DON'T BOTHER US - Los Hories (Off the Hip)
Just when you think someone's got this Headcoatees/Oblivians/Mummies thing down pat, this bunch of upstart New Zealanders come along and give the whole sack of shit a thorough kicking. Los Hories administer the work-over via a five-track EP and it deserves your full and undivided attention.
If "Guilty" isn't the best chunk of '60s-derived detritus I've heard this year I'll give up and listen to Boyszone or (gulp) Barnesy. Baron Aaron Lost throws tinny chords and distorto vocals out over a wonderfully clunky back-beat and handclaps, and the song sticks like shit to a baby blanket. The greasiness of the harmonica playing is probably down to excessive drooling, but rabies will do that to humans.
The other four cuts aren't inconsequential either. "Don't Bother Me" is a browbeaten twanger, "Fumes" a singsongy moan that could be the theme song for one of the Pretty Things falling down the back stairs. "Don't Bother Me" has enough "fuck you/I can't be fucked" attitude to put you and another dozen miscreants like you squarely in your place.
EPs are a dying format we're told. Fuck that for a joke. If you like the putrid stuff then grab a copy of this lo-fi gem, post haste, and give it the thrashing it deserves.
Just goes to show that album wasn't a fluke. - The Barman
WHAT'S THE TIME - Los Hories (Off the Hip)
Not from South America but a bunch of garage gringos in sheep's clothing from New Zealand. Leaving aside the geography, if you like your music living in the same stylistic neighbourhood as as The Flakes, The Pink Fits or Los Chicos, this is the band for you.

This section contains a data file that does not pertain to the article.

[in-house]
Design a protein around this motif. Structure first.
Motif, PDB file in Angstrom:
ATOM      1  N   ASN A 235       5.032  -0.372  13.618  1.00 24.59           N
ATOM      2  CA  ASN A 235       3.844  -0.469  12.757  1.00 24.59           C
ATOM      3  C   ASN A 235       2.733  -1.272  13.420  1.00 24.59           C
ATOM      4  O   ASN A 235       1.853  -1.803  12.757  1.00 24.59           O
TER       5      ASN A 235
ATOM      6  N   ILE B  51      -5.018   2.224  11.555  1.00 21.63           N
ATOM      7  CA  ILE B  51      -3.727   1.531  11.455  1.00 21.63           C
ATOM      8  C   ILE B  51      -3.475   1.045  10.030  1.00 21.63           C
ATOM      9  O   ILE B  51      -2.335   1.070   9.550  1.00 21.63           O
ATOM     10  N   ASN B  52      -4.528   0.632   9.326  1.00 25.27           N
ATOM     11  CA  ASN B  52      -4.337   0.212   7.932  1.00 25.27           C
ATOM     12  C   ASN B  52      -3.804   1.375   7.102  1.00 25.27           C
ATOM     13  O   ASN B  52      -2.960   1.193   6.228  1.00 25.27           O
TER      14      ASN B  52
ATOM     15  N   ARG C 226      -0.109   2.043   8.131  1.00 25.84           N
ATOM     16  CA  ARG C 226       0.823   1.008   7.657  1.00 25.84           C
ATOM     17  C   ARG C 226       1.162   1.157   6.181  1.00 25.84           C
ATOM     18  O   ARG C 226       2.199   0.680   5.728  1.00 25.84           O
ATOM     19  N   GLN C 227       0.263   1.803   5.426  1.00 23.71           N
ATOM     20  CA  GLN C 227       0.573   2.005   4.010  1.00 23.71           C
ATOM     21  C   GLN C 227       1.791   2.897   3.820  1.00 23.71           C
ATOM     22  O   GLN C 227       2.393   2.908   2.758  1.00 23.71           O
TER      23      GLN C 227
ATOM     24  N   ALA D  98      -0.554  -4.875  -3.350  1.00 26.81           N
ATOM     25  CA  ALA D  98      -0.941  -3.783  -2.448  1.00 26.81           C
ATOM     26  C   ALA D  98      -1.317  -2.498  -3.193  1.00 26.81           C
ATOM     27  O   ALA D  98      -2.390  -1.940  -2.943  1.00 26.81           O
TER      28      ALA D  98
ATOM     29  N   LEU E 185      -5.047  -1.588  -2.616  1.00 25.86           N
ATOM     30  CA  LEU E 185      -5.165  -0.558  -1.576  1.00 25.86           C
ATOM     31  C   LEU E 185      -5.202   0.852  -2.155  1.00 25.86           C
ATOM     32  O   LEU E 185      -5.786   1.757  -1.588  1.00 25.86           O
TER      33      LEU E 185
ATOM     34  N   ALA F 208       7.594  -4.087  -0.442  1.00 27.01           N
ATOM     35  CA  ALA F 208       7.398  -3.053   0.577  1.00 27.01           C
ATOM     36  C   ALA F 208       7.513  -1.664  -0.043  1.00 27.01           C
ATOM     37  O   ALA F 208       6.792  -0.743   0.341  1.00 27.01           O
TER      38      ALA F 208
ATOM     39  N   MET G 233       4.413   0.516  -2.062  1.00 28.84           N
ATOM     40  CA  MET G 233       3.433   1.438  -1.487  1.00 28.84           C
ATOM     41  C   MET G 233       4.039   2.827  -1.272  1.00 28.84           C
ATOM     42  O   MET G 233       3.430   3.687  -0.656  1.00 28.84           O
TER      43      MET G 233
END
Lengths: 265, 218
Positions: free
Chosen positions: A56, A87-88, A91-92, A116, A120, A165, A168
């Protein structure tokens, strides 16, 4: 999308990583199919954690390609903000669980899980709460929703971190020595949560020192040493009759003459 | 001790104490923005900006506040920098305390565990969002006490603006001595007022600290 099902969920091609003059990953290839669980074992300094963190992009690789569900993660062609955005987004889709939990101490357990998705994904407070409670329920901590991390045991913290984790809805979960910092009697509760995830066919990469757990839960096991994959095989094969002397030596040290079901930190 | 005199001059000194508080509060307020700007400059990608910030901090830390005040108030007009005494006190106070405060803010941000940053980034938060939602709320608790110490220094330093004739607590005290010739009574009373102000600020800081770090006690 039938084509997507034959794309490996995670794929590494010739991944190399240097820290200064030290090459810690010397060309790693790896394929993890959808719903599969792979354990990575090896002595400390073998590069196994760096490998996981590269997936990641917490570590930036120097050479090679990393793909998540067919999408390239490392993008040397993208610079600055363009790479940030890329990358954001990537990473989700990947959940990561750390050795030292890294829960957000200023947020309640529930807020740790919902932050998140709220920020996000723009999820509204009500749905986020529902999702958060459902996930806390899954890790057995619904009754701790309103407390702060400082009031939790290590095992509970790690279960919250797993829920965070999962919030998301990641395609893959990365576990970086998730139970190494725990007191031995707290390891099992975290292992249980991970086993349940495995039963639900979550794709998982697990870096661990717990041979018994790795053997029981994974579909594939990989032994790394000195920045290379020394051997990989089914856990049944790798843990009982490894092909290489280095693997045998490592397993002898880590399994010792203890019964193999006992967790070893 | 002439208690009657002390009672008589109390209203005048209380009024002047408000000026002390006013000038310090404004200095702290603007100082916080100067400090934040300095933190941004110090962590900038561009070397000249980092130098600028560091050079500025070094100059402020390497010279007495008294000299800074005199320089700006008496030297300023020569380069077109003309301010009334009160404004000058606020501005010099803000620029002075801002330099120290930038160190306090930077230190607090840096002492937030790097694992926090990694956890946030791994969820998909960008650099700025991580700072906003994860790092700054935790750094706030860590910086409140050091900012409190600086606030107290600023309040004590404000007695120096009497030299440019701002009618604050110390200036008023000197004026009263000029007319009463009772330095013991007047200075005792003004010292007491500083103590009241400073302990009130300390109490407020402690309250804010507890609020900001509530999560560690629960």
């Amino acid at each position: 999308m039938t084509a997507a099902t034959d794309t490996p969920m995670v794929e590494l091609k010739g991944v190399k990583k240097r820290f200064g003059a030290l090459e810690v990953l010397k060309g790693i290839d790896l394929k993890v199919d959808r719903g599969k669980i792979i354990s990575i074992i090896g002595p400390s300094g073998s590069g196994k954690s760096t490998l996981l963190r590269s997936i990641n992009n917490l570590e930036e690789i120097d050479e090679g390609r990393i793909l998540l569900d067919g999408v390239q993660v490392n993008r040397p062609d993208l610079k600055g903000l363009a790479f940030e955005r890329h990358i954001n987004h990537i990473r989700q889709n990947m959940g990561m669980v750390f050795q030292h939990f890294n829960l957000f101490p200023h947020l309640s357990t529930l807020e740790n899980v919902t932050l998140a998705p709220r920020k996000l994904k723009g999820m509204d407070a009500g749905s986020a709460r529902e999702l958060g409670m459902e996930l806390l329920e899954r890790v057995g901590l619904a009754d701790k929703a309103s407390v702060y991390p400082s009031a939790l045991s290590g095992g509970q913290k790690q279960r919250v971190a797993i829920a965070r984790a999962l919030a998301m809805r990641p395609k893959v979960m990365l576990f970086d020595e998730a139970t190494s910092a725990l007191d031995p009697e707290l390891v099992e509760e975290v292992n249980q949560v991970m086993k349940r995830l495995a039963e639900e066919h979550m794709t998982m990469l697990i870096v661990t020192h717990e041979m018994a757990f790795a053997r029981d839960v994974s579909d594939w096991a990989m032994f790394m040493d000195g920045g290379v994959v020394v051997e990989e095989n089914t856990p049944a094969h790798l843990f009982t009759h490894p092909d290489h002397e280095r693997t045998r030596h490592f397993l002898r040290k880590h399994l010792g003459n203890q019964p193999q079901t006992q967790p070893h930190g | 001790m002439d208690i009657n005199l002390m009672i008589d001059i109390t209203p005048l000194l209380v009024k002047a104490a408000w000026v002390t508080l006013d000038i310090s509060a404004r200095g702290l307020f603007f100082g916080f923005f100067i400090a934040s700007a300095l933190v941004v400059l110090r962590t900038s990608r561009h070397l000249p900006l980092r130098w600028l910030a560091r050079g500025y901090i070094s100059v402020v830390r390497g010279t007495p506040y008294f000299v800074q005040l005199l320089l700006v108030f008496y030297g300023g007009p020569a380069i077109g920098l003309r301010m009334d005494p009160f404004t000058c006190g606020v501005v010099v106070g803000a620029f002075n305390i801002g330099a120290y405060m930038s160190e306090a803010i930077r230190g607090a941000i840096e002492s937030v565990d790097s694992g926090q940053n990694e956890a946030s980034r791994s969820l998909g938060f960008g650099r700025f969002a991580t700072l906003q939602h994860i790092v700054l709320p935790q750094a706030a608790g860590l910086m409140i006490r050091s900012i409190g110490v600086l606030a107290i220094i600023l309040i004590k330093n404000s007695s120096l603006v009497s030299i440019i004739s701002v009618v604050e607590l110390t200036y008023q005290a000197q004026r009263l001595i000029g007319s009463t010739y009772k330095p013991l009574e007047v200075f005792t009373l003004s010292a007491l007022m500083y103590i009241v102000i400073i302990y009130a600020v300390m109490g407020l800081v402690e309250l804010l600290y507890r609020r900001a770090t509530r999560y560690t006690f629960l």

There is no subtlety here but then it's not required. A pounding backbeat is laid down with brute force while big booming bass and throaty guitar blast out a pulsing roar. Singer Daron Aaron Lost does a credible number behind the mic without attracting the Idol talent scouts. Just as we like it.
Some local antecedents (Grande Cobra and The Blunt) point to these guys being old hands at this game. Auckland can be a tough town but I think they'd know how to handle themselves on the mean streets. They'd look really out of place at any of the yuppy nightspots that line Viaduct Harbour but then again so do I.
There are 11 tracks for your musical perusal, some with a soulful streak peeking through the paintwork. An exception is "Queenie" which employs an extreme fuzz edge, while "Nothing's Wrong" is pop wearing a knuckleduster. And it swings that sucker very effectively. Sing along in the remand wing. "Bleed For You" uses cleaner tones and a new wave riff but if it's lighter in touch it's only by degrees. There's that soulful streak inthe chorus.
Brevity is an underrated art form and most of these selections clock in around the 3min mark. Ideal if you have ADHD.
Producer Boss Christ (apparently a one-man country music explosion in his own right) laid this onto tape in an abandoned Scottish marching band hall it's said, over four days in March. That's Budget Rock, Kiwi-style, and its sound matches the playing i.e. vibrantly lo-fi. That was a compliment.
I've long had the feeling that New Zealand was keeping some dark secrets (other than Prime Minister Helen Clark) and this album vindicates that view. Let's hope it opens the gates. I think I like their bands better than their rugby union team. Or their DB Bitter.
The band's already done one hit-and-run trip to Australia and are cranking up for a higher profile sweep through in September '08 when they'll play more gigs with like-minded bands like the aforementioned Pink Fits. - The Barman
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